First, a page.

Is Gore Vidal—novelist, polemicist, political activist—dead? Resting on a small hill in the heart of Rock Creek Cemetery, there’s a large marble marker that suggests an answer in the affirmative. The black stone looms ominously as you approach, 30 paces south of a statue known to many as Misery. A gray-green curl of goose shit adorns the “G” of the famous author’s name, and a thin layer of sun-bleached grass covers most of the marker.

Rambling through the cemetery on a sumptuous April Friday, I find Vidal’s grave not far from dearly departed members of the Copp, Lipp, Etz, Gaywood, and Lusk families. Otherwise, I’m alone, communing with those who have nothing left to say. Maybe I should offer a quick encomium: Here lies Gore Vidal, essayist, sensualist, hedonist, a man who…

But then I turn my gaze to a clue that suggests my spontaneous obit may be premature. Vidal’s name is not followed by a hyphen, a dash, a time line; only his name and his birth year—1925—are carved in stone. An expiration date is nowhere to be found. Vidal, who was born at the United States Military Academy in West Point, N.Y., shares his allotted square of stone with longtime companion Howard R. Auster—1929—also without a dash.

Vidal’s death marker is nearly 6 feet wide and

3 feet long. It’s not gaudy by literary standards, but it trumps Upton Sinclair’s modest marker, a wine bottle’s throw away across the silent cemetery. Nearby, the Caverly brood, buried under oxidized green markers, stand sentry: Susan Holloway, mother of Julia Irving Caverly, 1806-1893; Grace Middleton, daughter of Edward and Julia Irving Caverly, 1871-1877; and so on. Vidal’s marble slab is wedged shoulder to back with the upright granite tombstone of James M. Gilloegly—”1910-1987—1st. Lieut. 14th Air Force Hdgs. Staff-China.”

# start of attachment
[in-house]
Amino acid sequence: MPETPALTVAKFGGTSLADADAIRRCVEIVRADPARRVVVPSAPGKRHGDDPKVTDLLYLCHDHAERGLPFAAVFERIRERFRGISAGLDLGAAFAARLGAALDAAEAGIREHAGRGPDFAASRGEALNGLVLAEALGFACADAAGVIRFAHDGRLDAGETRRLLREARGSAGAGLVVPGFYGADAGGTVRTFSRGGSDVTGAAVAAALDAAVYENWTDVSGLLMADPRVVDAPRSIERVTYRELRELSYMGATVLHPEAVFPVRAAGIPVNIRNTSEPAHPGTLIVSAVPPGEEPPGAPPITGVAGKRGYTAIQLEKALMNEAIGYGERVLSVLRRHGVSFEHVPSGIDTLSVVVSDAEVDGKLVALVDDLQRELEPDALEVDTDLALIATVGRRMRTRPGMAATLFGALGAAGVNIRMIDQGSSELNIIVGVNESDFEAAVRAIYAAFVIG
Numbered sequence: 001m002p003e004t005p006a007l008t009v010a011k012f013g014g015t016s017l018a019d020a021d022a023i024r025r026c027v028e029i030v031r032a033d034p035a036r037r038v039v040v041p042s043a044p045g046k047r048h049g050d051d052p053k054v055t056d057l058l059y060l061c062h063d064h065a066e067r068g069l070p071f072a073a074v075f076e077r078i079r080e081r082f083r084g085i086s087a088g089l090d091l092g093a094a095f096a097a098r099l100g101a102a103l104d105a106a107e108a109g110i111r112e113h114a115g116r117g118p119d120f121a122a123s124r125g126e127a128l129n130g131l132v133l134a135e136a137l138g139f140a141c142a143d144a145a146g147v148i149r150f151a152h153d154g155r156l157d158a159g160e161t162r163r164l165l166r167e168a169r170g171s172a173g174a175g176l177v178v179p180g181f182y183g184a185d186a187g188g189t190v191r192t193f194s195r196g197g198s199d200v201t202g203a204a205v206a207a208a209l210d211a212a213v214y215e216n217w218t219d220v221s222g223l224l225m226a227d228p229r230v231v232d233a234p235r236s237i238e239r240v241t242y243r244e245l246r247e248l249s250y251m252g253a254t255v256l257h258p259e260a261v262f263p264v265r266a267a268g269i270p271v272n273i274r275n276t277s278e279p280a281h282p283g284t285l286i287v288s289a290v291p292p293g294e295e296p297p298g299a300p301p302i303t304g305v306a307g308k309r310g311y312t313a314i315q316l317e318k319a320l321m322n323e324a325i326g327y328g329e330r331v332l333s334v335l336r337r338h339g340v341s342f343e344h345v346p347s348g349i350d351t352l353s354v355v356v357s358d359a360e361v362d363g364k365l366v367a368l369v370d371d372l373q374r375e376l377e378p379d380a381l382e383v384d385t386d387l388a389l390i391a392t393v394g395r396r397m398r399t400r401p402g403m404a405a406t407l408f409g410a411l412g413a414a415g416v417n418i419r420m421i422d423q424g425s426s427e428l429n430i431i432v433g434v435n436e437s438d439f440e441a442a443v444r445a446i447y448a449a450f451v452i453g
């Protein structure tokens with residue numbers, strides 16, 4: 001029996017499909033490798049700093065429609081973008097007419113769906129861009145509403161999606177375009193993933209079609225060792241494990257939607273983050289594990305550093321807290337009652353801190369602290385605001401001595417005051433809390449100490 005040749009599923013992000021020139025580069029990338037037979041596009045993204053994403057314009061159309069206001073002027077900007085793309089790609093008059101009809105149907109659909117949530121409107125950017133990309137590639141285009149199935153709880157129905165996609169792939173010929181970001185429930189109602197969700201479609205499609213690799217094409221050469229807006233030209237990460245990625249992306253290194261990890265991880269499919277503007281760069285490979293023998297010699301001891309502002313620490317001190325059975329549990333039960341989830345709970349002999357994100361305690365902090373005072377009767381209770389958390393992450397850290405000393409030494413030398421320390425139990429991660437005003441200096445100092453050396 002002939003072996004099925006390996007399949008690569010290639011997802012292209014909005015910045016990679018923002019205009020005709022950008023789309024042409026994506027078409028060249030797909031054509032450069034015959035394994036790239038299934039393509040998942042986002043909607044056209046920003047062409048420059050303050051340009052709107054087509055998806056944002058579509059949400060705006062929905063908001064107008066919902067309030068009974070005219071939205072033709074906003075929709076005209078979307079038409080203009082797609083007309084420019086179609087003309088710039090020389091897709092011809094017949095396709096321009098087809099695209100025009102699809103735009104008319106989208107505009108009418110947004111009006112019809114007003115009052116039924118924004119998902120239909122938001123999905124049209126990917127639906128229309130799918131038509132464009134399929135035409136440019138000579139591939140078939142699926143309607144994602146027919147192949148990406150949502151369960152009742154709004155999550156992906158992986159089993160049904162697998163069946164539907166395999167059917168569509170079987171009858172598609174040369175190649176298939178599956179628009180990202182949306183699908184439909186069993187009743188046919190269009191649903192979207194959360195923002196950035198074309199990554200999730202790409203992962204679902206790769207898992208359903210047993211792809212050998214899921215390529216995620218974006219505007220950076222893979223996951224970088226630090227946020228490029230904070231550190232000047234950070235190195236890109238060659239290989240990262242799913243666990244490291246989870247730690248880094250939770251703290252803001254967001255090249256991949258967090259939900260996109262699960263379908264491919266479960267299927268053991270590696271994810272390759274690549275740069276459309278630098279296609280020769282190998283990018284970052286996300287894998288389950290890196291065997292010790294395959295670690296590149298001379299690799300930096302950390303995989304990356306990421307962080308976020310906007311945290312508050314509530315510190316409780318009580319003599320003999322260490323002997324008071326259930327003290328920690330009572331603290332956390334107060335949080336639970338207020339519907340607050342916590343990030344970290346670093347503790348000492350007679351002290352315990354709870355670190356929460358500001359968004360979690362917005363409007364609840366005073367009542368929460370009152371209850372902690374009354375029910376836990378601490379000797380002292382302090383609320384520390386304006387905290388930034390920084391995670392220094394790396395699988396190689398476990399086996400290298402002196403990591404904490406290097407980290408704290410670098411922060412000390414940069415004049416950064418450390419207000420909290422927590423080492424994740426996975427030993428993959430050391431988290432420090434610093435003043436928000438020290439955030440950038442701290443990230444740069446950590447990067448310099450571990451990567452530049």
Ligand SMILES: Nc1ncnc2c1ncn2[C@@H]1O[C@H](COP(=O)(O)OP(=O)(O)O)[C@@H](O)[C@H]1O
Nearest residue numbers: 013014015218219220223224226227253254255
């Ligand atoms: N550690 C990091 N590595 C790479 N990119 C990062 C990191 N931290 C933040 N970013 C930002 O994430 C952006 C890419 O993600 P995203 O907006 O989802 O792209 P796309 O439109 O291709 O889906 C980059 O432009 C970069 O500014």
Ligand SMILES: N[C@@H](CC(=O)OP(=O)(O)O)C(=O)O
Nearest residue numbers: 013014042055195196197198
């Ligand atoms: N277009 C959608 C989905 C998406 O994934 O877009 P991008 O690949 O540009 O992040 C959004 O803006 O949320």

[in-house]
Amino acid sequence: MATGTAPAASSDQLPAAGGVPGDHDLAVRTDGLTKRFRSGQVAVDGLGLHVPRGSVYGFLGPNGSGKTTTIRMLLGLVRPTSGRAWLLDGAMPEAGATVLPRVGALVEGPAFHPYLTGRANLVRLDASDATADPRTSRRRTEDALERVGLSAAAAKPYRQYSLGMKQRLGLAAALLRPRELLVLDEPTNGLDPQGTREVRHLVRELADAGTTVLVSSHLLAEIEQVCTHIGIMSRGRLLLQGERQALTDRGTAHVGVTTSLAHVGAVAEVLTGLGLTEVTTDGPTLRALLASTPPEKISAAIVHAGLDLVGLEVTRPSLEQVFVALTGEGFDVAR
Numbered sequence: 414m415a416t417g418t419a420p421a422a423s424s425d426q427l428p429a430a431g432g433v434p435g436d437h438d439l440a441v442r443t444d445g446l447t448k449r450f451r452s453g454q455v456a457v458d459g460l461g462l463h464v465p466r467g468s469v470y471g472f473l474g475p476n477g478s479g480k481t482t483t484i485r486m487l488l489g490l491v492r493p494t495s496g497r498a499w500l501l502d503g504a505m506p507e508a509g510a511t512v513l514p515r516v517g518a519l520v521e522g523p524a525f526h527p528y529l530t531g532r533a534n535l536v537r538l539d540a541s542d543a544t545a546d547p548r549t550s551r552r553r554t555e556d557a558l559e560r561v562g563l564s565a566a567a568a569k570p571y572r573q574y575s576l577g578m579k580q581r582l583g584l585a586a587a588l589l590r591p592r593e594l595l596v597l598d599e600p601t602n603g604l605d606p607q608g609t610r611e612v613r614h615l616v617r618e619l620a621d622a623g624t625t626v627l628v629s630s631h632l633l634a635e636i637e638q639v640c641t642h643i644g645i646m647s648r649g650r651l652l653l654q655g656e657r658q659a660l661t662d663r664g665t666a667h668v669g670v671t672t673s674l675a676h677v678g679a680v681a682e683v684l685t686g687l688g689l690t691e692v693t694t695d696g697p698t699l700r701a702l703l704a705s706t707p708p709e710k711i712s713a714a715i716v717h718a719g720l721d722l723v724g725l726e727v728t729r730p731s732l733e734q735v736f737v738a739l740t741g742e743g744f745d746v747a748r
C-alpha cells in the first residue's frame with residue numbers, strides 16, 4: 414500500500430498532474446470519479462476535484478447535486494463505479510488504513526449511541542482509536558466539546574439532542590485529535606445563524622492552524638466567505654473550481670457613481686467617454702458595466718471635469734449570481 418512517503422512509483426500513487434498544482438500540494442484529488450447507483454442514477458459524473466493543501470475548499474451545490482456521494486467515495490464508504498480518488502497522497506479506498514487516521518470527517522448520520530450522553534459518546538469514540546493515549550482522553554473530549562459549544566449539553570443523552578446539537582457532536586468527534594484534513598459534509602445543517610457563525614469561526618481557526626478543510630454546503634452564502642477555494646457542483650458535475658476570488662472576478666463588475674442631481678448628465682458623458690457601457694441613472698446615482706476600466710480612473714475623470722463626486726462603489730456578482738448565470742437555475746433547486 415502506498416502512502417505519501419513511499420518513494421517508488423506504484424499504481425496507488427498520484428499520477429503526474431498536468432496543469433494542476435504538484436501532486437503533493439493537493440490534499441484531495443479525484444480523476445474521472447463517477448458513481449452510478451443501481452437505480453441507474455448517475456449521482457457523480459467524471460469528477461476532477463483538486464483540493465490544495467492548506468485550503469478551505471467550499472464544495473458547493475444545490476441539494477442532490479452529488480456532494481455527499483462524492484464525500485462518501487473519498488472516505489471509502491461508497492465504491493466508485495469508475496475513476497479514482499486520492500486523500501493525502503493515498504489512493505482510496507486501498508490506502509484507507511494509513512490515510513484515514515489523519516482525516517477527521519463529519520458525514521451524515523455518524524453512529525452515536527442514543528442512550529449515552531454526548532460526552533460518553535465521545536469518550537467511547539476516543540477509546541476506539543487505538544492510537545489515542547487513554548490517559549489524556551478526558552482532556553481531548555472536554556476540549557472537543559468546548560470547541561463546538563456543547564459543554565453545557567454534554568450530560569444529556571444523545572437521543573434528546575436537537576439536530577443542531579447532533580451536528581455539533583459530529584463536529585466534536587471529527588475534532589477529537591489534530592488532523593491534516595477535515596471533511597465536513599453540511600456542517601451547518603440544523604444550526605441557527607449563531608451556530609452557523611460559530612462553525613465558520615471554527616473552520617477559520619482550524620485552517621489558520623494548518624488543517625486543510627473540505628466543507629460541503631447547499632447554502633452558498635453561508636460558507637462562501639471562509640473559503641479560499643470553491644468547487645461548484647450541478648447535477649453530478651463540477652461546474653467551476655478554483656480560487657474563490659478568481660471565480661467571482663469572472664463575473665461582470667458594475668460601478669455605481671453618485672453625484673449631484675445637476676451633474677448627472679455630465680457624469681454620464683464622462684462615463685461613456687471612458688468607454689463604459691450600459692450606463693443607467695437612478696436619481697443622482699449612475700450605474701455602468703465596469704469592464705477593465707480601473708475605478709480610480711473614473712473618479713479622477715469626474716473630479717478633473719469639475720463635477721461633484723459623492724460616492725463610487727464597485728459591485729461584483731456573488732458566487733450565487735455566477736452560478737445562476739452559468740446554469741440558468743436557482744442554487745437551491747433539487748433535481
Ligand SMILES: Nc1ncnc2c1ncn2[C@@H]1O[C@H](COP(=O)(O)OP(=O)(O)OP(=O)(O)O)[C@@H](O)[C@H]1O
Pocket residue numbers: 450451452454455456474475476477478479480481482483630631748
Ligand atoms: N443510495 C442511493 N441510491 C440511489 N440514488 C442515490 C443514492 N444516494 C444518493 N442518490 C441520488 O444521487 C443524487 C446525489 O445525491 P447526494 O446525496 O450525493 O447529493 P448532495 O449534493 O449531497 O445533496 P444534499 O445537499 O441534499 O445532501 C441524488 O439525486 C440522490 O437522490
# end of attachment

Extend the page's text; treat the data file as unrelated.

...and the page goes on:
To the south of Vidal is a downward slope hosting towering trees and endless graves; to the north is the steeple of St. Paul’s Episcopal Church; and to the northwest, maybe 30 yards away, is the Adams Memorial, where Henry Adams commissioned sculptor Augustus Saint-Gaudens to create a tribute to the memory of his wife, who committed suicide in 1885. The spectacle of such fabulously decorated death reminds you of nothing so much as a scene from one of Vidal’s historic tomes.

Rock Creek Cemetery secretary Carol Ford says it is not uncommon for the living to purchase engraved markers before they’re set to occupy the real estate. “You want to be ready when the time comes,” she says.

But before she can start her sales pitch for the perfect plot, I inquire about Vidal’s prominent placeholder, co-mingled among the epitaphs of the dead and gone. “He wanted to be buried near someone that he loved years ago,” Ford says. “Someone that he wrote about in his books.”

Is that someone Howard R. Auster? Maybe James M. Gilloegly? How about one of those intoxicatingly named Caverlys? I ask all three questions with the hushed tones reserved for the dearly departed. She interrupts my whispered inquiries with a simple and direct answer. “James Trimble III,” Ford says. “You can see [Trimble’s grave] from [Vidal’s] site.”

The answer to their enduring connection lies in another District landmark, St. Albans School.

“Jimmie Trimble [is] the only person Vidal says he has ever loved,” says Harry Kloman, movie critic for InPittsburgh Newsweekly and creator of the largest Gore Vidal site on the Web. “They were classmates and lovers at St. Albans when both were teenagers of around 14 or so….[Vidal] has said in a variety of places that falling in love once in a lifetime is enough for any person, so after Jimmie, he has never done it again. Jimmie died at Iwo Jima.”

Gore’s 1948 novel, The City and the Pillar, is dedicated thus: “For the Memory of J.T.”

Vidal, by the way, was unavailable for comment. After all, he is a busy man leading a busy life. CP